Solid-state drives, or SSDs, have been around for quite a while and have become very popular in many different environments. SSDs are extremely popular because they are so much faster than traditional hard drives. This technology has allowed people to benefit from faster response times on games, computer bootup times that take just seconds, and much more.
Despite the many obvious advantages of SSDs, there have always been a few downsides to them, which has kept people from fully moving away from traditional hard disk drives (HDD). The first issue is that it is much more expensive to get large amounts of storage on an SSD than it is for an HDD. The other issue is that solid-state drives have traditionally been able to handle fewer instances of writing data on them than an HDD could. This has helped to prevent them from being used in environments where large amounts of data has to be written on a regular basis, such as certain types of databased.
Is the SSD Write Issue a Real Concern?
The first thing to note about this problem with solid-state drives is that it has largely been overblown from the beginning. While it is true that there are limits to the number of times data can be written to each cell on the drive, that limit has always been quite high. There are four different types of flash memory used in solid state drives, each of which has a different estimated write endurance:
- Single Level Cell – This was the original type of solid-state drive and allowed the storage of one bit per cell with two levels of charge. An estimated 50,000 to 100,000 writes to these cells was possible using this technology.
- Multi-Level Cell – This is the most commonly used option today. This technology uses two bits per cell and four levels of charge so that more data can be kept on a drive. With the right software, you can expect to have 30,000 to 35,000 writes to each cell.
- Triple Level Cell – This option is rarely seen in production today and can store three bits per cell with eight levels of charge. You can expect to get 1500 to 3000 writes on this type of technology.
- Quadruple Level Cell – This is the latest advancement in SSD technology. It can store four bits per cell with 16 levels of charge. The downside of the larger amounts of data per cell is that it can only handle an estimated 150 to 1000 writes, making it impractical for most situations.
As you can see, the more data that can be put on each cell of the drive, the fewer number of writes it can handle. This is why many people are concerned with using solid-state drives for their day-to-day computers.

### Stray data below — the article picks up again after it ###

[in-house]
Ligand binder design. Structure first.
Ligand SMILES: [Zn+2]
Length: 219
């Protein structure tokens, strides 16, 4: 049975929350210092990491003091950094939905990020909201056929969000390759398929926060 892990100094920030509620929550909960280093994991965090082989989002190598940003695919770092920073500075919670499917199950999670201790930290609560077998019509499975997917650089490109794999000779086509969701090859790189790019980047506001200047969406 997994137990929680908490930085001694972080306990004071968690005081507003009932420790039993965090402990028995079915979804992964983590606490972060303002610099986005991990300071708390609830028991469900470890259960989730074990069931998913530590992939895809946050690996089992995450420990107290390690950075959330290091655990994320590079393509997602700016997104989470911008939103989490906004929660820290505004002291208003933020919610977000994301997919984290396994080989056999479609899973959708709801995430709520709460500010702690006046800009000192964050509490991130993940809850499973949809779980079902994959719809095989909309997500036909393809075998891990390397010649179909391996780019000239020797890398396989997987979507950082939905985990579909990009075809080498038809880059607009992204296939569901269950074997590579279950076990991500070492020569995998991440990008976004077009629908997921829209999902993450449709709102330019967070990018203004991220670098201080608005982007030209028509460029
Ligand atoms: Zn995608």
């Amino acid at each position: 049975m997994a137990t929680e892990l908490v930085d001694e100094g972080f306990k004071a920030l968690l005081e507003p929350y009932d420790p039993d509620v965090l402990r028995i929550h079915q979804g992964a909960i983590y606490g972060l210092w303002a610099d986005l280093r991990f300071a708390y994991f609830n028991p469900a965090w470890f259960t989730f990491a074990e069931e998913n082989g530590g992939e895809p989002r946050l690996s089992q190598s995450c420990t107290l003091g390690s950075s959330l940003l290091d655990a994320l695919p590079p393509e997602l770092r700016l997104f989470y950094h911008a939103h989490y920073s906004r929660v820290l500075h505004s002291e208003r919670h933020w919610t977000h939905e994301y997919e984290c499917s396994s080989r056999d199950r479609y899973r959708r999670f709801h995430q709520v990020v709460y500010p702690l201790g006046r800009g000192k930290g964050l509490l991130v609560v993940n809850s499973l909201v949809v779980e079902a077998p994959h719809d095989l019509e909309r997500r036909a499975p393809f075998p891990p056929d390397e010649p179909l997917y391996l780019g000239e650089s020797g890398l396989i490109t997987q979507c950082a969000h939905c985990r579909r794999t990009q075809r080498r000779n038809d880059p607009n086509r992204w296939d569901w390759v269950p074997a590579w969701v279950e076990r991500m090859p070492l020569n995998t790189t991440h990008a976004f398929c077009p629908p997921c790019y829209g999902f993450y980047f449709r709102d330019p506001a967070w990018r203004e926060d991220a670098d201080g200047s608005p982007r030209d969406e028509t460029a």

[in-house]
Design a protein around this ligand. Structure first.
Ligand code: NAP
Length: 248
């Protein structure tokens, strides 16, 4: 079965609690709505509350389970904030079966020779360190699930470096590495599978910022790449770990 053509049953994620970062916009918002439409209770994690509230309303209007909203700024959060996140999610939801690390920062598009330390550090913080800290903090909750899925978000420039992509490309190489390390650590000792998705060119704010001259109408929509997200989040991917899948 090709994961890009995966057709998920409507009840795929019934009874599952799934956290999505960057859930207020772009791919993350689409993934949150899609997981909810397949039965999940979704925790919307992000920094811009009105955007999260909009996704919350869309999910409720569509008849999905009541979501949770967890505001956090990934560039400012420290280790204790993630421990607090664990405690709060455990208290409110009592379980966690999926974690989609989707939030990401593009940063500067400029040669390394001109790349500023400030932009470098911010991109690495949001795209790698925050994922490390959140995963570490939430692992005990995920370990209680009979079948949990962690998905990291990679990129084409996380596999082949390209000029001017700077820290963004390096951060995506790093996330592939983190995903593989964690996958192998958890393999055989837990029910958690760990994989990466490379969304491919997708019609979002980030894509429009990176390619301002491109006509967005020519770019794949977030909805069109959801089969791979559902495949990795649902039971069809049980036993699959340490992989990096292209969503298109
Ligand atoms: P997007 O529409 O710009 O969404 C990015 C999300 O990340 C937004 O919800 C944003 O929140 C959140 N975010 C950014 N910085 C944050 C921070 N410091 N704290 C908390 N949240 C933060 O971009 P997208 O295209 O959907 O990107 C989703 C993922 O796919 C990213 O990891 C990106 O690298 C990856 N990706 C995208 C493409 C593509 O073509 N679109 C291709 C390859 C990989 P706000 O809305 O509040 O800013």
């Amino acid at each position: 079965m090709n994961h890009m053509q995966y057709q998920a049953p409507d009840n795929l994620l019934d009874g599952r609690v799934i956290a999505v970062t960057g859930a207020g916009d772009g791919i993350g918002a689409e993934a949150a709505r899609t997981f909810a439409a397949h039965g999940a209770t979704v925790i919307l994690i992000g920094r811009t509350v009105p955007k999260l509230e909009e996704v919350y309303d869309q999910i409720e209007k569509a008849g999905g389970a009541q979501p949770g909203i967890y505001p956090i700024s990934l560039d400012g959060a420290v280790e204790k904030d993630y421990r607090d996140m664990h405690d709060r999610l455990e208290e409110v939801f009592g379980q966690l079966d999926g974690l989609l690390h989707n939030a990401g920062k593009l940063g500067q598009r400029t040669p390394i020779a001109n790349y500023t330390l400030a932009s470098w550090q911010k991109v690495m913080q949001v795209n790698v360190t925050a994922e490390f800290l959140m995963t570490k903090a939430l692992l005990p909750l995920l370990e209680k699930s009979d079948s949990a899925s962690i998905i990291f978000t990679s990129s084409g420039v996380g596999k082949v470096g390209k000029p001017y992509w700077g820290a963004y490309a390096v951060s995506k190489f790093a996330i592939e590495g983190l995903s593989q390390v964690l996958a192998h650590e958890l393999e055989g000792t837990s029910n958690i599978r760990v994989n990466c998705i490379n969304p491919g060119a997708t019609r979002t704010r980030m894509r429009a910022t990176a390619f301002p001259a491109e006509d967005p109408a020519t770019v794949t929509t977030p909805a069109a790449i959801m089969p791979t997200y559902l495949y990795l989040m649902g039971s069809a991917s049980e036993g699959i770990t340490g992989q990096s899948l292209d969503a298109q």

The fact is, however, that most people will never come close to writing an individual cell 30,000 times. The SSD on the Mars rover is another story. For consumer SSDs, the firmware on the drive spreads the writes out to different cells to help maximize the longevity of the device.
For the vast majority of situations, there is no need to worry about opting for an SSD rather than an HDD due to this issue. The only real reason someone should opt for an HDD for normal personal or business use is that HDDs are more affordable when you need to store large amounts of data.
While it is true that historically speaking, SSDs could not handle as many write instances per cell than an HDD, that is not the only factor to consider. Since hard drives have several moving parts in them, there is a lot more that can go bad. On average, an SSD would actually last a lot longer than an HDD. The only areas where this was not true was on systems that performed a huge number of write operations on a very regular basis.
Modern SSDs is High Write Environments
If you need to store data that is frequently overwritten, you have likely been told that an HHD is the right option. While this may have been true in the past, today’s premium SSDs can handle huge numbers of write operations without a problem. For many situations, this has made it possible to take advantage of the dramatic speed increases that you get from solid-state drives without having to worry about drive failure due to the lower write endurance.
Manufacturers have made a number of important improvements to the solid-state drive technology that have made them a viable option in just about any situation. In fact, a growing number of storage environments are even moving to SSDs. This technical hurdle has been overcome in a variety of ways, including the following:
- More Efficient Use of Writing – Modern SSDs are able to keep track of the cell endurance issue so that the drive can tell approximately how much life each cell has. It will then spread the writes out more efficiently so that they all wear more evenly, thus expanding the life of the drive itself.
- Larger Number of Spare Cells – Hard drives (whether SSD or HDD) generally have more physical space on them than is advertised. Manufacturers include a larger amount of space on the drives so that the ‘extra’ space can be used should cells (on SSDs) or sectors (on HDDs) go bad. Premium SSDs can have significant amount of spare cells built in to dramatically increase the number of writes the drive can handle.
- Reduced Cell Damage – Drives are able to reduce the amount of cell damage that is caused by each write, which can help to expand their durability.
Which Type of Storage is Right for You?
Looking at the advancements in modern SSDs, they are definitely going to be the best disk storage option for any use as long as you can meet your size requirements. For times when you need to storage a huge amount of data, HDDs are still definitely the way to go. As the technology continues to advance, it is likely that even that limitation will be overcome and spinning disk drives will eventually be phased out entirely.